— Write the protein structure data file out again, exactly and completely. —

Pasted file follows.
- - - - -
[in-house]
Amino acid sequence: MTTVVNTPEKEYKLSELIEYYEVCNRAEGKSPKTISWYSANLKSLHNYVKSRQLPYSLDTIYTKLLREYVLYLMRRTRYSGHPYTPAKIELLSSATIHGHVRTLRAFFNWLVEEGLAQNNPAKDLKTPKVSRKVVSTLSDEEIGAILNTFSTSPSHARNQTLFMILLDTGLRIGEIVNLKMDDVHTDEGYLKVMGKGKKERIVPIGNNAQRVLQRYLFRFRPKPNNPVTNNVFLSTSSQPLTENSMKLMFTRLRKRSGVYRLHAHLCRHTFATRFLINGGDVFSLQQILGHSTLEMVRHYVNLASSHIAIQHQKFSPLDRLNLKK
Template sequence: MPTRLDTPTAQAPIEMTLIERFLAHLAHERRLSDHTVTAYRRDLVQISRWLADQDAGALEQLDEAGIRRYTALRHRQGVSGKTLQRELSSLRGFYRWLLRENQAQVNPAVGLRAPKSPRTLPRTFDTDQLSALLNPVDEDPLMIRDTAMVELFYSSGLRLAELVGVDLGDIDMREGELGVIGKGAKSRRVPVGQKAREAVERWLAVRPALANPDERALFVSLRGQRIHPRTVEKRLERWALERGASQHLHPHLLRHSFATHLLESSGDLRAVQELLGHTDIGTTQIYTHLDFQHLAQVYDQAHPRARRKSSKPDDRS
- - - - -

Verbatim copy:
[in-house]
Amino acid sequence: MTTVVNTPEKEYKLSELIEYYEVCNRAEGKSPKTISWYSANLKSLHNYVKSRQLPYSLDTIYTKLLREYVLYLMRRTRYSGHPYTPAKIELLSSATIHGHVRTLRAFFNWLVEEGLAQNNPAKDLKTPKVSRKVVSTLSDEEIGAILNTFSTSPSHARNQTLFMILLDTGLRIGEIVNLKMDDVHTDEGYLKVMGKGKKERIVPIGNNAQRVLQRYLFRFRPKPNNPVTNNVFLSTSSQPLTENSMKLMFTRLRKRSGVYRLHAHLCRHTFATRFLINGGDVFSLQQILGHSTLEMVRHYVNLASSHIAIQHQKFSPLDRLNLKK
Template sequence: MPTRLDTPTAQAPIEMTLIERFLAHLAHERRLSDHTVTAYRRDLVQISRWLADQDAGALEQLDEAGIRRYTALRHRQGVSGKTLQRELSSLRGFYRWLLRENQAQVNPAVGLRAPKSPRTLPRTFDTDQLSALLNPVDEDPLMIRDTAMVELFYSSGLRLAELVGVDLGDIDMREGELGVIGKGAKSRRVPVGQKAREAVERWLAVRPALANPDERALFVSLRGQRIHPRTVEKRLERWALERGASQHLHPHLLRHSFATHLLESSGDLRAVQELLGHTDIGTTQIYTHLDFQHLAQVYDQAHPRARRKSSKPDDRS